Country or Region: Kenya
Sector: Joint Programming
Client: European Commission
This project consisted in supporting the EU and EU Member States towards the finalisation of the EU Joint Programming Strategy in Kenya, aimed at delivering better aid and development results through improved coordination and coherence of their cooperation strategies in the context of their aid-effectiveness commitments. This project is the following step of a technical assistance undertook under the same FWC lot in early 2013 to assist the European Commission (DEVCO/A2) and EU Delegations in exploring the potential for joint programming in Kenya and in devising measures that aim at improving aid effectiveness and aid impact.
Through Joint Programming, the EU institutions and EU Member States have developed a long-term vision of their joint development cooperation in Kenya, reaffirming their support to Kenya’s Medium Term Plan II and Vision 2030. Joint Programming in Kenya aims to strengthen collaboration and coordination among EU Development Partners towards improved and more effective dialogue with the Government of Kenya.
The team helped the EU Delegation produce a Joint Programming Strategy in Kenya:
- A joint analysis of the development challenges and priorities of Kenya as per Medium Term Plan 2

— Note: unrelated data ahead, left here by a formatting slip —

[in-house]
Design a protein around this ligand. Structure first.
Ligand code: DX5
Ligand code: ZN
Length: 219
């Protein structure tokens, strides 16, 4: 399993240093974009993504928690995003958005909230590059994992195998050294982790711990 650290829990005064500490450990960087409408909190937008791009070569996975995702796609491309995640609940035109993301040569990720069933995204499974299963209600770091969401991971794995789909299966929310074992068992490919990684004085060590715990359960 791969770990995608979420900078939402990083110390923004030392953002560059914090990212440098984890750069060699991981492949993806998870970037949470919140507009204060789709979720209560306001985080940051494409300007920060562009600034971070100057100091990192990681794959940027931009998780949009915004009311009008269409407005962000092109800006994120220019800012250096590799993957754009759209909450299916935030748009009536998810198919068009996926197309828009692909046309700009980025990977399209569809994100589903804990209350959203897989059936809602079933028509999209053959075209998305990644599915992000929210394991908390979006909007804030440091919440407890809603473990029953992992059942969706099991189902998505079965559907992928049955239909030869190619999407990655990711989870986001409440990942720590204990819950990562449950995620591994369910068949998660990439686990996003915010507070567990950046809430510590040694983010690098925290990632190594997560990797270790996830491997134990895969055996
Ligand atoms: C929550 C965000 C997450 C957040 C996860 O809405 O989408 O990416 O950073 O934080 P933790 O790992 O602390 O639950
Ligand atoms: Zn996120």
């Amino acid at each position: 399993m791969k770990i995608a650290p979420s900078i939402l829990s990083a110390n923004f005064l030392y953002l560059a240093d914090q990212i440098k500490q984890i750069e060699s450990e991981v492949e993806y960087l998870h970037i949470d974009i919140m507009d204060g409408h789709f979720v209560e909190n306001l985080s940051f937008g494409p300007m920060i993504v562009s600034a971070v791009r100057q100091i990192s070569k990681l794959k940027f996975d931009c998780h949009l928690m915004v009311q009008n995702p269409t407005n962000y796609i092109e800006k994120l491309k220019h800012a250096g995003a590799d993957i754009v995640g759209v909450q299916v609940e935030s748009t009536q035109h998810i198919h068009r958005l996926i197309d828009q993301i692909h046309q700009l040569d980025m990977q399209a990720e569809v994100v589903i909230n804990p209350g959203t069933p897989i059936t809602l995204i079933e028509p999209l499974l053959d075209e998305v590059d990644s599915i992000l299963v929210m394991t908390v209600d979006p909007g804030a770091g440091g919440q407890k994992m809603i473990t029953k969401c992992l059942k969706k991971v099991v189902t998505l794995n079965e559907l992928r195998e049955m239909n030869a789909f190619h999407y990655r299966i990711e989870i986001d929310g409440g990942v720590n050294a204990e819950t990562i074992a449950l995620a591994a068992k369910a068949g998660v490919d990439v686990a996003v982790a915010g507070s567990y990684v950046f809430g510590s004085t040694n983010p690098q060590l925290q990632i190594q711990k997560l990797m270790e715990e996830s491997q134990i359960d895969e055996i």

- An overview of the division of labour and the degree of synchronization of EU actors in Kenya
- An emphasis on the sector priorities of the EU in Kenya, where the EU actors share a joint analysis, a joint program and (when possible) joint implementation modalities
- Mechanisms for annual monitoring and evaluation of the implementation of the EU joint programming Strategy
- Elements for a joint visibility strategy of EU development assistance to Kenya
This project led to the publication by the EU Delegation of a joint cooperation strategy in support of Kenya’s Medium-term Plan 2014-2017. This report develops the idea that an improved coordination, a better division of labour and the efforts to deliver development results jointly should ultimately lead to an increase in aid-effectiveness and a reduction in transaction costs for the Kenyan government.